Councilman says Rural Plan is flawedFrom: Robert S...


September 27, 1992

Councilman says Rural Plan is flawed

From: Robert S. Wagner

Councilman, Dist. E

Harford County Bill 92-70, titled "Rural Plan," does not glitter as brightly when looked at with a sense of reality.

The Rural Plan does far more to preserve open space than being genuinely concerned with preservation of farmland.

In fact, this is probably the first of many flaws. Being a farmer, I know that the only thing that will preserve farmland is the ability of a farmer to make a living. Harford cannot influence world-wide economics enough to adjust grain prices, cattle prices and milk prices upward. We, as farmers, are receiving 1960s prices for our grain and commodities while paying 1992 prices for machinery and taxes.

All farmers have a love for what they do; they have a greater sense of pride in their farms. In fact, the majority have to have some form of secondary income in order to keep the farm alive and pay all the bills.

Purchase of Development Rights (PDR) and Transferable Development Rights (TDR) are supposed to be two very attractive parts of the Rural Plan. Harford County will never be able to afford, nor offer a "fair" value for development rights, based on what development potential may yield.

TDR's have even more problems. In order to make TDR's work, there must be a "sending area" and a "receiving area." Communities being what they are, I can think of no area in Harford County that could be arranged as a receiving area. Additionally, a developer has a set formula or equation he uses. Hypothetically, if a development right cost $10,000 and the developer cannot go over $30,000 per acre total, he will adjust the offering price of the raw land downward to offset the price of the development right. This could damage severely the land values of many county farms.

The majority of large farm tracts have been in the same families for many years. Farmers' hard work has gone into the equity of these farms. Many of the owners are entering their senior years. The children have farmed with the senior members of the family. If the development rights are sold, if the senior members get ill or pass away and the children no longer wish to farm or have the need to sell the farm because of inheritance taxes, who will want a large tract of land with no development rights?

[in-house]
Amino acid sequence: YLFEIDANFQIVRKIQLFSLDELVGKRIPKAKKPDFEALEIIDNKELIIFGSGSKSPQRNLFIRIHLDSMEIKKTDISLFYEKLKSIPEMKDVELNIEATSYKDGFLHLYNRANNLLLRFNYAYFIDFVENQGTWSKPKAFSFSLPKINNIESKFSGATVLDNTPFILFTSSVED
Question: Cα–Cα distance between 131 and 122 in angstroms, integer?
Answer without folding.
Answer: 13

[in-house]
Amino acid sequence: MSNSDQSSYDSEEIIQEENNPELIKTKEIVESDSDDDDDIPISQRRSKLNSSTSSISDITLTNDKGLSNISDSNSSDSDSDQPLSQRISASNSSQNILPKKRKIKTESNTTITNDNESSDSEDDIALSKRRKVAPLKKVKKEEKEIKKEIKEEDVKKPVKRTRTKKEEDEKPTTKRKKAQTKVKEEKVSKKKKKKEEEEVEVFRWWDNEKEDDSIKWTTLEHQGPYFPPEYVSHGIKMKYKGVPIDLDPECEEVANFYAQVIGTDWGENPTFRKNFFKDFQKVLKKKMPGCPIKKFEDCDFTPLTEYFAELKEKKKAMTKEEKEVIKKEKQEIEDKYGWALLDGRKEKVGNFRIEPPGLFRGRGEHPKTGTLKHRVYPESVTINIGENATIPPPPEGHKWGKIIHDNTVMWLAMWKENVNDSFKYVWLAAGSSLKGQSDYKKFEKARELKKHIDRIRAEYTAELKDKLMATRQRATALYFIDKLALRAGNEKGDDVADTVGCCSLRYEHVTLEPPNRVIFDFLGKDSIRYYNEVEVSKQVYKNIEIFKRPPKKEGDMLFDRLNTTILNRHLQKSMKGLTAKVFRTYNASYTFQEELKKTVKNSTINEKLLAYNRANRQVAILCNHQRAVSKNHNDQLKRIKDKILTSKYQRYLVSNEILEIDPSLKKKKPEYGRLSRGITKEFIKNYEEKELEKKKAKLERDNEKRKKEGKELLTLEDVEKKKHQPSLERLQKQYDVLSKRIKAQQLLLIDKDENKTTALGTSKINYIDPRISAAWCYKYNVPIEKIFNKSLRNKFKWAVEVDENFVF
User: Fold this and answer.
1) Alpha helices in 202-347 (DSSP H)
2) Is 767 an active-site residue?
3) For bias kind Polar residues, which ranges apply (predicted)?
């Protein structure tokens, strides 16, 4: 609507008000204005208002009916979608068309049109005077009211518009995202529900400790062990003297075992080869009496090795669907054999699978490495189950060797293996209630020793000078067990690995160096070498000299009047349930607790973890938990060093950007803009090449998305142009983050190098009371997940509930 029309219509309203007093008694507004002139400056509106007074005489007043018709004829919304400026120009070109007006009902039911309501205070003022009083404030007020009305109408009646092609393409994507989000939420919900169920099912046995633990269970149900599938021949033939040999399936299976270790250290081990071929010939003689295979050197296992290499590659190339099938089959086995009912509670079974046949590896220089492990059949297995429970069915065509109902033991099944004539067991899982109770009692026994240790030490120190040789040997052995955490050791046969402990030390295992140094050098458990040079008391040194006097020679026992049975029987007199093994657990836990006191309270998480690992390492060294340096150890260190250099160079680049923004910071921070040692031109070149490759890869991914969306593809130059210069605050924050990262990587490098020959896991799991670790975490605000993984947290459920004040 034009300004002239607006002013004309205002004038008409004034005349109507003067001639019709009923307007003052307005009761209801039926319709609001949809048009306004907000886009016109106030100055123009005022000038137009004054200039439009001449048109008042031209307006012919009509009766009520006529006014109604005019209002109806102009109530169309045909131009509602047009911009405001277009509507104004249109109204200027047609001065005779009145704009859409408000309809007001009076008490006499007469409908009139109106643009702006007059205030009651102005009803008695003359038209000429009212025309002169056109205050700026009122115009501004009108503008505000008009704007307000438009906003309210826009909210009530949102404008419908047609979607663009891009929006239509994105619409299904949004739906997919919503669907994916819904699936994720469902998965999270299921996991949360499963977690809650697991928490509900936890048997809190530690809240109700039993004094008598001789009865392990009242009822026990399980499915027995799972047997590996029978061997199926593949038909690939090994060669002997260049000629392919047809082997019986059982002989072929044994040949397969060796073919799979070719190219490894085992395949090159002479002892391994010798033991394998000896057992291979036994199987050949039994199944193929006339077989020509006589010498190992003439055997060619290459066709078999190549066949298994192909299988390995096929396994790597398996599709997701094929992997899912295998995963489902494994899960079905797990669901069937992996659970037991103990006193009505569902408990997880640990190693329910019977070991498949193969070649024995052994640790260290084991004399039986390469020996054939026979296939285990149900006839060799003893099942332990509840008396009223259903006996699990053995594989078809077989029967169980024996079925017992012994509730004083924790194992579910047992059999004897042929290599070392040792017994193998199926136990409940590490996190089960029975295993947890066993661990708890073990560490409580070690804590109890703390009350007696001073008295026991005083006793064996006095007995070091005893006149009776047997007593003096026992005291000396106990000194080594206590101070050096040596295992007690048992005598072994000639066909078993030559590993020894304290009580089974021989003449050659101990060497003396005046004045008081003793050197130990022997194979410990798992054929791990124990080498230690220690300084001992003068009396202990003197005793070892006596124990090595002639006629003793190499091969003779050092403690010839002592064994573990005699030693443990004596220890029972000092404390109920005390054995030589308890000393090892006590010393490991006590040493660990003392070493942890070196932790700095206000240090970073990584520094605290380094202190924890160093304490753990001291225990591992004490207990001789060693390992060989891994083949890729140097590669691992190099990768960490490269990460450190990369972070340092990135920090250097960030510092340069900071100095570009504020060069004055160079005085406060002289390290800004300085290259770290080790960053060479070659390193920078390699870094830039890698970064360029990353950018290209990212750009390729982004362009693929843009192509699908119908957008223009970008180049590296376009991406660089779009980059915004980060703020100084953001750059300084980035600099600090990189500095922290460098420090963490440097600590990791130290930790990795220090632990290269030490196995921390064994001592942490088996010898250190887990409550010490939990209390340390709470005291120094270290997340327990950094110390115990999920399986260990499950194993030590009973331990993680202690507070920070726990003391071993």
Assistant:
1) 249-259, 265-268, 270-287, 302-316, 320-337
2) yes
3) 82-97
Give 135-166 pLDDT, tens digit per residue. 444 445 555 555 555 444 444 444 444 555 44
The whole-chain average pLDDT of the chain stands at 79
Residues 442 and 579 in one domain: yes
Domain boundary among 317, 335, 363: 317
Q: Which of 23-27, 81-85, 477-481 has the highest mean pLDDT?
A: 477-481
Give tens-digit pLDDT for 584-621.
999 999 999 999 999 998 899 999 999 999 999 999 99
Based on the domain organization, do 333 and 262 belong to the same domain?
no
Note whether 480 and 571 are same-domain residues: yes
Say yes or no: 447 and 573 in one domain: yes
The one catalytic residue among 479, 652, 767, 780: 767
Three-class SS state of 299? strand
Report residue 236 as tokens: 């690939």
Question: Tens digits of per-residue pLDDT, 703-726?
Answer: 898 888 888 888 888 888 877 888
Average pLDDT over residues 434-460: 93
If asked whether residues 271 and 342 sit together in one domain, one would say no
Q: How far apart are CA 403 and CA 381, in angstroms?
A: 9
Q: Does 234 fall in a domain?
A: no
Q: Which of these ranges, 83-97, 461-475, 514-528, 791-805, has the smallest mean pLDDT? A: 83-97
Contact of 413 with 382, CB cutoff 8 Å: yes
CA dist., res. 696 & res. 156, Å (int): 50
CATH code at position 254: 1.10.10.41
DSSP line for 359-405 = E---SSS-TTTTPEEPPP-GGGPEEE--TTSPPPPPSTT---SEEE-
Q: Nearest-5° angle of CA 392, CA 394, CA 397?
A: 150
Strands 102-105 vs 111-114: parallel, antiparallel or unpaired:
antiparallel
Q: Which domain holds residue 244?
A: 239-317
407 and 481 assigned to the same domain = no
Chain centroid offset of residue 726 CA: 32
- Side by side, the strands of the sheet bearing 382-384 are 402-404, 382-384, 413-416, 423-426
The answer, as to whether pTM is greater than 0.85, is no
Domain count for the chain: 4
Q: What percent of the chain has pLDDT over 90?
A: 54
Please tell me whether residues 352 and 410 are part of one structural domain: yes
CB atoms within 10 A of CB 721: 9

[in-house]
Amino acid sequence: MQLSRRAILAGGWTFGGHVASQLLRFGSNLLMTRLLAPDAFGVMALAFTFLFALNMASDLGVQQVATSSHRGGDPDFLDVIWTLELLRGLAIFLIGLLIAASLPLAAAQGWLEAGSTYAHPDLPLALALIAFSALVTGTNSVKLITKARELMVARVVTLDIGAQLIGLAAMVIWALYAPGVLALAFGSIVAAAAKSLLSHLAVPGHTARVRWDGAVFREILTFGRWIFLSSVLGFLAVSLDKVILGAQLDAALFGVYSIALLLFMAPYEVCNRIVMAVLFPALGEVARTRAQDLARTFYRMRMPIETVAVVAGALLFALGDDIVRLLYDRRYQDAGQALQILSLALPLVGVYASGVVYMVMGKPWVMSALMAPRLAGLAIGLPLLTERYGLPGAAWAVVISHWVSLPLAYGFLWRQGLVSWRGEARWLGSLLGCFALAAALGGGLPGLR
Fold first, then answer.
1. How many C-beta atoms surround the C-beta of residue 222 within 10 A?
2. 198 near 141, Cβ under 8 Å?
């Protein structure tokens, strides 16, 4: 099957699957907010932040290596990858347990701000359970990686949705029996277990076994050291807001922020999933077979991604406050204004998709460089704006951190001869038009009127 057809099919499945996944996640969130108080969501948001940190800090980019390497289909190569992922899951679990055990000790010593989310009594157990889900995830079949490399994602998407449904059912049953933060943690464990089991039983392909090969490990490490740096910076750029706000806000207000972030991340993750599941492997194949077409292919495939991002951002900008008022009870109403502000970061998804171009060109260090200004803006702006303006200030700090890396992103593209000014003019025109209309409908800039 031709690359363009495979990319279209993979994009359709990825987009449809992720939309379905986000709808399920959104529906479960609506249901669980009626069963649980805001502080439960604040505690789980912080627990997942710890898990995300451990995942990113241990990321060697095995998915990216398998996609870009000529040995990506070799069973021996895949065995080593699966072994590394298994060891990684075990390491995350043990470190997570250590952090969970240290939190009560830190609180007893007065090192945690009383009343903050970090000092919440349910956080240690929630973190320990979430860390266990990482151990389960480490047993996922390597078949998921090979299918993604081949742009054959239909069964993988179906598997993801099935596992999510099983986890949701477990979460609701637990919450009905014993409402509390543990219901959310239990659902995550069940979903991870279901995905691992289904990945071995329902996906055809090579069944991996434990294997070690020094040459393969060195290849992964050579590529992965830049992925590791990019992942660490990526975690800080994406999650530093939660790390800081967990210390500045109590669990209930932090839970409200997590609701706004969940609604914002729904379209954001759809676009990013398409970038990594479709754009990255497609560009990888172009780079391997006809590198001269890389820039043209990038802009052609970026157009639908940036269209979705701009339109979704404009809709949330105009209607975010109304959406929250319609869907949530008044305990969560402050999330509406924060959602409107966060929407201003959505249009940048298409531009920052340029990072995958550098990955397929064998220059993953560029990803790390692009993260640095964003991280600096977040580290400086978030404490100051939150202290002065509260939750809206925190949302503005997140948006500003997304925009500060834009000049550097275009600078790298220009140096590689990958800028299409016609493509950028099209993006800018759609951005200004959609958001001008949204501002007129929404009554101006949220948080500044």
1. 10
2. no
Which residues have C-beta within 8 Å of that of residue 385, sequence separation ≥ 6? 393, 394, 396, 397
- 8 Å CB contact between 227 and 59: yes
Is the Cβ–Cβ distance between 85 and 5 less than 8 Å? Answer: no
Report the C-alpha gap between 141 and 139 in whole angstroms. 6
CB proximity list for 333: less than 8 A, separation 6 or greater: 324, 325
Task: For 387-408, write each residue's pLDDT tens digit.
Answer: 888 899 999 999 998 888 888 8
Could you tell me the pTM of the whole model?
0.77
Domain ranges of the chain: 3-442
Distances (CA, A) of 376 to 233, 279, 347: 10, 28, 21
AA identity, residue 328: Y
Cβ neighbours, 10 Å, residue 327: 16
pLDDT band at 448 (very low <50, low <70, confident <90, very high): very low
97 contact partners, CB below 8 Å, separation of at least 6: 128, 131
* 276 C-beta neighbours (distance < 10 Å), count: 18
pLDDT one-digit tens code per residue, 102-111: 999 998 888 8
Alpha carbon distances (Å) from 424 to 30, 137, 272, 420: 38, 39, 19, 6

Don't misunderstand, I am not opposed to preserving the rural nature of Harford County. I am opposed to rushing into a situation that we have not thought through.

Bill 92-70 is the foundation on which we will build legislation. As with any structure, the foundation must be perfect in order for the structure to be correct. Let's get all the bugs out of this foundation.

If a farmer has a means of making a living, he will continue to farm. It's when farmers can no longer afford farm living that they make the painful decision to give up.

Harford County has already implemented recycling and tree bills that have tremendous effects on many, and some flaws that I am not proud of. Let's not make the Rural Plan another flawed bill.

Urge senators to back Social Security bill

Fred C. Lange


As a senior citizen on a fixed income, I am greatly interested in the continued health of the Social Security Trust Fund. You might think that the word "Trust" in the fund name might have some significance. It doesn't, there isn't any.

I was shocked to learn that the large surplus in this fund has motivated the spenders in Congress, to "borrow" money to pay for many of their pet "pork" projects.

Of course, they promise to pay it back when it is needed.

You want to bet that they will keep their promise? I sure don't, but there is help in sight.

Sen. Daniel P. Moynihan, D-N.Y., has introduced bills SB 11 and SB 33 that would remove the Social Security fund from congressional game-playing by making it an independent agency along with a non-partisan advisory board.

It's about time Congress gets its hands off our money.

If you agree, write your senators, Paul Sarbanes and Barbara Mikulski, urge their support of Senate Bills 11 and 33.

?3 Never let them forget whose money it really is.

Clearing the air on Joppatowne center

From: Christopher Boardman


This is in response to Donna Woodfield's letter opposing the efforts of Joppatowne Community Center Inc. to acquire the Joppatowne Swim and Tennis Club property ["Purchase of pool is unfair to residents," Harford County Sun, Sept. 12]. Her objection is to the proposal to assess homes to finance acquisition of the property and construct a community center.

Our petition campaign seeks to identify homeowners who would be interested in having an assessment as the primary instrument of finance for this project.

Our thinking is that we must act together as a community, with each home bearing a small share of the burden, rather than hope for some financial "angel" to come out of thin air.

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